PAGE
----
Reply
  18. SF Indie Fashion

    thanks for doing this post – definitely informative. i feel like there are so many “potential advertisers” that get in touch and then, once i tell them my rates (which are quite low), they’ll never get back in touch. It’s like, what did you expect me to say, that it costs nothing? In fact, I think that’s what many people who reach out to bloggers for advertising ops are hoping….
    .-= SF Indie Fashion´s last blog ..Pop Stars: Noise Pop ‘N Shop =-.

    Reply
  19. Luana

    This is golden advice, thank you so much! I hadn’t thought of checking their site against mine, I’ll definitely keep it in mind.
    .-= Luana´s last blog ..This Week =-.

    Reply
  20. roni

    I’m glad you did this post! I have gotten so many BS offers. My site is ranked 800,000 on Alexa. I know what that means. I use SEO frequently. One company that was completely unrelated to fashion asked if they could give me $300 for the entire year for an ad on my blog. I HAVE NO ADS, besides the godaddy ad which I receive no money from. YOU MUST BE CRAZY, to think you’re going to pay me $300 to obstruct my blog with your foolishness!

    AGHH they get me so mad! and yes ladies even if you have a blogspot, check your ranking. Let these people know what you’re worth. Know the difference between page views, visits and unique visits!

    Reply
  21. mrs.notouching

    I have a tiny little blog far from getting any offers, but still found your post very fascinating and helpful… you know for the future when I am a big deal and all. Thanks!
    .-= mrs.notouching´s last blog ..Because… =-.

    Reply
  22. eyeliah

    Thank you so much for this post! It’s very timely as I am getting extremely low balled by a few want to be advertisers right now, it is ridiculous what they expect! I haven’t been on alexa enough, I need to learn more about this ranking business, maybe you could do another post in the near future? 🙂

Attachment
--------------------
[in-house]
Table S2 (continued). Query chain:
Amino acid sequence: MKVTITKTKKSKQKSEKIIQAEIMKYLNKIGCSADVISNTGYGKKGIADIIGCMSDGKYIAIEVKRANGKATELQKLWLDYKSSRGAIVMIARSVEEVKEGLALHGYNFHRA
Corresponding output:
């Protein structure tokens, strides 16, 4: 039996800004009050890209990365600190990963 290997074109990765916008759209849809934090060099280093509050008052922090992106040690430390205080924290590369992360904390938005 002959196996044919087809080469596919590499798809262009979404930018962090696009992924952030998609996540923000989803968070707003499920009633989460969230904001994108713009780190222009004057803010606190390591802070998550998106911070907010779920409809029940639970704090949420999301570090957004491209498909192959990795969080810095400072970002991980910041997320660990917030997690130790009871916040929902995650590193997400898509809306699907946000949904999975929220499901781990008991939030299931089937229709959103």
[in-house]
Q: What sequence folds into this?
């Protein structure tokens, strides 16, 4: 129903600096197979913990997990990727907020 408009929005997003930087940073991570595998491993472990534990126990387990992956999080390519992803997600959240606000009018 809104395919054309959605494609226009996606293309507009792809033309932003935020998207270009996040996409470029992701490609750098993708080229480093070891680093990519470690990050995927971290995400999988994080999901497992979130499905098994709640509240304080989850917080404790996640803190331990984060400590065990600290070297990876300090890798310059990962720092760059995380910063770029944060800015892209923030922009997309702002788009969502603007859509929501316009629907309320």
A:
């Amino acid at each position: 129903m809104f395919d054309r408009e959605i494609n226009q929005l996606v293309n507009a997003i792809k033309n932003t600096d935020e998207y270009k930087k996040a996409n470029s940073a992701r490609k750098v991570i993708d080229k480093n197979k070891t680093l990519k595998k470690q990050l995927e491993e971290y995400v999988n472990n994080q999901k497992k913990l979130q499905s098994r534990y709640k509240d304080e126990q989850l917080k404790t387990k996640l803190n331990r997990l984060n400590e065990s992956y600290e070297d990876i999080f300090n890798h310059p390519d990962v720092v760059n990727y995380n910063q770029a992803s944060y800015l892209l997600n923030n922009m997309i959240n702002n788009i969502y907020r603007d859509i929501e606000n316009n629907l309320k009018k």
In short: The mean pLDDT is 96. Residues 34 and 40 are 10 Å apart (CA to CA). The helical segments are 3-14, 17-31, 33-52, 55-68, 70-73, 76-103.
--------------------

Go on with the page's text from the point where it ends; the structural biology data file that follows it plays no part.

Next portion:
Reply
  23. Kjeld Duits

    Thanks for sharing your experiences. I especially get many requests for the free use of the photography on my site. Almost every day there is a new request. Each company believes that they are actually doing me a favor by using my photography for free. As I make a living as a photo-journalist this can be a bit vexing at times.
    .-= Kjeld Duits´s last blog ..Shohei Kitano =-.

    Reply
  24. Denise @ Swelle

    So well put. I get some absolutely laughable offers. In fact, just yesterday I had an email about a ‘blog partnership offer’ telling me ‘I think you’ll like this’ (immediate red flag!) and this is what I was expected to find to be a great deal (following Jennine’s verbatum example):

    I have a client who is looking to build up brand exposure to their hotel comparison website. (how relevant to my fashion, art and design blog)

    Would it be possible to add a very small badge to your website that links to our client? (Sure, I’ll add anything if it’s very small)

    Of course, we wouldn’t just ask you to do this without some kind of renumeration. 🙂 (Gee, how generous of you)

    In exchange, every 6 months you can apply for 2 nights in a double or single room for one / two people in a european 3-4 star city hotel. (will you pay me to get there?)